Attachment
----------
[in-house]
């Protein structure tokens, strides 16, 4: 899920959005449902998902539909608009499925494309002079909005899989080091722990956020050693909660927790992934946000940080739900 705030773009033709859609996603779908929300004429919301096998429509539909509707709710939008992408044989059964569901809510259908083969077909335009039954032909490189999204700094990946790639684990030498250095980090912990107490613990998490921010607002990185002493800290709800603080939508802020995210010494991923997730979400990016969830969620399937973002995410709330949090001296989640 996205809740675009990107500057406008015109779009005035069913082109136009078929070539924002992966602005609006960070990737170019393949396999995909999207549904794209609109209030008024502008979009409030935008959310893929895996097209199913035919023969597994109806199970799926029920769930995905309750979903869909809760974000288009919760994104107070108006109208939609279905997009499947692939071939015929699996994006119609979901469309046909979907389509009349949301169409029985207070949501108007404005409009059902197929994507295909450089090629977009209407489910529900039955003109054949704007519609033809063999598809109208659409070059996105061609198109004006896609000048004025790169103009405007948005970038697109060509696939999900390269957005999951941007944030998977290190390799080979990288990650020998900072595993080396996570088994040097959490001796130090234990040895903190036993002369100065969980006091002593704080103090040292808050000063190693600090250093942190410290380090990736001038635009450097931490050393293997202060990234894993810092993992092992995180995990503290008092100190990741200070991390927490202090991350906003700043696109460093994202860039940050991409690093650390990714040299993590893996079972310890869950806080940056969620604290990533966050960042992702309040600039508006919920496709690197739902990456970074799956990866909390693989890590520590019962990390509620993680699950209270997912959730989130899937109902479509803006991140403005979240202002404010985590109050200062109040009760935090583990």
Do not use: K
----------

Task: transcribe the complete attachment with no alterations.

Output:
[in-house]
């Protein structure tokens, strides 16, 4: 899920959005449902998902539909608009499925494309002079909005899989080091722990956020050693909660927790992934946000940080739900 705030773009033709859609996603779908929300004429919301096998429509539909509707709710939008992408044989059964569901809510259908083969077909335009039954032909490189999204700094990946790639684990030498250095980090912990107490613990998490921010607002990185002493800290709800603080939508802020995210010494991923997730979400990016969830969620399937973002995410709330949090001296989640 996205809740675009990107500057406008015109779009005035069913082109136009078929070539924002992966602005609006960070990737170019393949396999995909999207549904794209609109209030008024502008979009409030935008959310893929895996097209199913035919023969597994109806199970799926029920769930995905309750979903869909809760974000288009919760994104107070108006109208939609279905997009499947692939071939015929699996994006119609979901469309046909979907389509009349949301169409029985207070949501108007404005409009059902197929994507295909450089090629977009209407489910529900039955003109054949704007519609033809063999598809109208659409070059996105061609198109004006896609000048004025790169103009405007948005970038697109060509696939999900390269957005999951941007944030998977290190390799080979990288990650020998900072595993080396996570088994040097959490001796130090234990040895903190036993002369100065969980006091002593704080103090040292808050000063190693600090250093942190410290380090990736001038635009450097931490050393293997202060990234894993810092993992092992995180995990503290008092100190990741200070991390927490202090991350906003700043696109460093994202860039940050991409690093650390990714040299993590893996079972310890869950806080940056969620604290990533966050960042992702309040600039508006919920496709690197739902990456970074799956990866909390693989890590520590019962990390509620993680699950209270997912959730989130899937109902479509803006991140403005979240202002404010985590109050200062109040009760935090583990």
Do not use: K